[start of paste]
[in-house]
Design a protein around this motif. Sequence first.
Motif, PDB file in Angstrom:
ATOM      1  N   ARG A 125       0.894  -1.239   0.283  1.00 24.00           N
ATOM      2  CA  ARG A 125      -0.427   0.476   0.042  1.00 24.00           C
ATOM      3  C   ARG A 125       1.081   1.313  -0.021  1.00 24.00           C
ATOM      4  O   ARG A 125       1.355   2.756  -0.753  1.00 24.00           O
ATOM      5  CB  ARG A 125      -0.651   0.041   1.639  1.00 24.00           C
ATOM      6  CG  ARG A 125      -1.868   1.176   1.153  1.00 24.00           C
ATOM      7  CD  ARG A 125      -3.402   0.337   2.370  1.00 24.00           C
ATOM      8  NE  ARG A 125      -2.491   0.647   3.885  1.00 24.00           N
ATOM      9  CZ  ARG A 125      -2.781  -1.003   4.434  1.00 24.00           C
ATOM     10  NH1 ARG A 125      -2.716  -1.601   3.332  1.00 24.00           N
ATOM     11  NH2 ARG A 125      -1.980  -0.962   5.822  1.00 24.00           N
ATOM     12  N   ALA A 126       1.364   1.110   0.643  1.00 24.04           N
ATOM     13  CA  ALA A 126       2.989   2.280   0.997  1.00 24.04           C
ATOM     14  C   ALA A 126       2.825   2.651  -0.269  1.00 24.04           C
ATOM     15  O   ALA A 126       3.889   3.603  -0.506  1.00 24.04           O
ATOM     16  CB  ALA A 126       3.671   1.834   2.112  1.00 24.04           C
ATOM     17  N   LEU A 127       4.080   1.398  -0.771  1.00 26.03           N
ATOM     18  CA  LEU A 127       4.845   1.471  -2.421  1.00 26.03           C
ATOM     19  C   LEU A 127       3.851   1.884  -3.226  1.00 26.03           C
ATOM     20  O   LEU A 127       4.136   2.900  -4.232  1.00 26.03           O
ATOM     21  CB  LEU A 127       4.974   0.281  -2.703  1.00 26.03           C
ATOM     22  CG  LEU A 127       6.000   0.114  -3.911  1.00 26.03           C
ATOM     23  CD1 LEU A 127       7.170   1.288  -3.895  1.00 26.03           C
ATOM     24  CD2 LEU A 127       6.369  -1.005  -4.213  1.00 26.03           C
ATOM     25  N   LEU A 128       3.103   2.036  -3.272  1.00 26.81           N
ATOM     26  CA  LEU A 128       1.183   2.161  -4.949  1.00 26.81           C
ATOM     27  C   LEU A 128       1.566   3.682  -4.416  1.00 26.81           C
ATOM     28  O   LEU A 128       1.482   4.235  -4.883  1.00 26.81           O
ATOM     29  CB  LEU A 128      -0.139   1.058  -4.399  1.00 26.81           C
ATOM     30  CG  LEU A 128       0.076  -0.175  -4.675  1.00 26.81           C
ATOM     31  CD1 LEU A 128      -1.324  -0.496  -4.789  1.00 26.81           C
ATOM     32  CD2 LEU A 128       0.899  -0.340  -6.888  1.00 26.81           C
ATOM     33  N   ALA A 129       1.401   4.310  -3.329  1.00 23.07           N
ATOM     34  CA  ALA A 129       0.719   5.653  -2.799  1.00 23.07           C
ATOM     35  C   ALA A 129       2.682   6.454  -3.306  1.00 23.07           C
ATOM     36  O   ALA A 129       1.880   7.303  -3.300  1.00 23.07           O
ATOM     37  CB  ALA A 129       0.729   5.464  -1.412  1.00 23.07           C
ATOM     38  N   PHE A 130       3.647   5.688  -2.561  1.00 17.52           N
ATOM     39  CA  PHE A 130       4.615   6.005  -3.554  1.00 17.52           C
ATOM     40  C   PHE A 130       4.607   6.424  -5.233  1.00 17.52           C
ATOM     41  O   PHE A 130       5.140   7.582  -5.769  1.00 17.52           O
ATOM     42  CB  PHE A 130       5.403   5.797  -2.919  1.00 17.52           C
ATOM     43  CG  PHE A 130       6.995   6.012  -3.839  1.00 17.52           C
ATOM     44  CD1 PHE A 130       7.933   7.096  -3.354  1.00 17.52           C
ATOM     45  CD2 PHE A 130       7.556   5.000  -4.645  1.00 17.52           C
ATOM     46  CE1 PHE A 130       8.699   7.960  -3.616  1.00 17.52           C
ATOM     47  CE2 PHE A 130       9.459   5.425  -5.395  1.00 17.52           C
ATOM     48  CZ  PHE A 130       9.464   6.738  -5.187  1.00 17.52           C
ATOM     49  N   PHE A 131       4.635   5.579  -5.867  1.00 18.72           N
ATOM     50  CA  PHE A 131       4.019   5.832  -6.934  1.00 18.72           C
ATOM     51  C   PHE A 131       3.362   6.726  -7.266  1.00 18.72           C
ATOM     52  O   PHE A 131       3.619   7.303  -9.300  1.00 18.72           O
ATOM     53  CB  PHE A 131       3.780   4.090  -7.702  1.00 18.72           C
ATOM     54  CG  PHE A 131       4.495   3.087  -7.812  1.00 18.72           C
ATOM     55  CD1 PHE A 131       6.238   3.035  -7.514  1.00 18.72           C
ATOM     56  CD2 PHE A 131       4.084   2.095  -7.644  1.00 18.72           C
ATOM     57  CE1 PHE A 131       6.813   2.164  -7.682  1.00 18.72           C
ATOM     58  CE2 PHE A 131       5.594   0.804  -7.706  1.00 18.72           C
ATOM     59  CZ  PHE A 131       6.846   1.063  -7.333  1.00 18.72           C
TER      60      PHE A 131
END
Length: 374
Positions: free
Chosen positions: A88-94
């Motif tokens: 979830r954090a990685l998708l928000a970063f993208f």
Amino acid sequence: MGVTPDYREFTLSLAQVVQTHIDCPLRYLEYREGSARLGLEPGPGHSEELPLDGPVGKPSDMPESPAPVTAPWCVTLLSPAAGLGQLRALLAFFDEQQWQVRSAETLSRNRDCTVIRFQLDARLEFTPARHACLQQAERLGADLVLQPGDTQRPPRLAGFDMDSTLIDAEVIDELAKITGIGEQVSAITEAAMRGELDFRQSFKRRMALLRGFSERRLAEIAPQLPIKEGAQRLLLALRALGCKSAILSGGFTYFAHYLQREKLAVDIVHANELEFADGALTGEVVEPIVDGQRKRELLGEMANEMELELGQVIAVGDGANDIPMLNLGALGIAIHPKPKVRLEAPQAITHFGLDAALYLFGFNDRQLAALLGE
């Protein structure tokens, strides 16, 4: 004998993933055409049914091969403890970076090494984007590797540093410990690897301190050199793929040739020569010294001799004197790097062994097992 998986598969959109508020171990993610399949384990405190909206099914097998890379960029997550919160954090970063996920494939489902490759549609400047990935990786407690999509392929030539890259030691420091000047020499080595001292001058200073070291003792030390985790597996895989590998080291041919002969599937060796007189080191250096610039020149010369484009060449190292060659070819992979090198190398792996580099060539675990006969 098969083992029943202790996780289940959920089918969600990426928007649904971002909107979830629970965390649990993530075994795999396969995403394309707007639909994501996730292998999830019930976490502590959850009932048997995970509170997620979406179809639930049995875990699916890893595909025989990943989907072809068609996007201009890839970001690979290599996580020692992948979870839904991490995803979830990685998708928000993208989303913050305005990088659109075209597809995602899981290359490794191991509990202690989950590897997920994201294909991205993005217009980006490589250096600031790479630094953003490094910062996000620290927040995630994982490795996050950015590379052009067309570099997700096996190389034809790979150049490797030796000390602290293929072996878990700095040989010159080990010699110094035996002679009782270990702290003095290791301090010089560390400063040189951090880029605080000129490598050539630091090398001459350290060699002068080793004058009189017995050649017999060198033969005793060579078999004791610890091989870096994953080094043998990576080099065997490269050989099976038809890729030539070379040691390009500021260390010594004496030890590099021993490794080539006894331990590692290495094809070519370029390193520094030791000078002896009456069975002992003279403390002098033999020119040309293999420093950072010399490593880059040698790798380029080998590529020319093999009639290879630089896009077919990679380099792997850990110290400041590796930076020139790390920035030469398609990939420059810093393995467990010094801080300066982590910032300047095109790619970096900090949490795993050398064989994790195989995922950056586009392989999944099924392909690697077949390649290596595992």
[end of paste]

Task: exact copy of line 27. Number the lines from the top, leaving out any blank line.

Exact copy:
ATOM     24  CD2 LEU A 127       6.369  -1.005  -4.213  1.00 26.03           C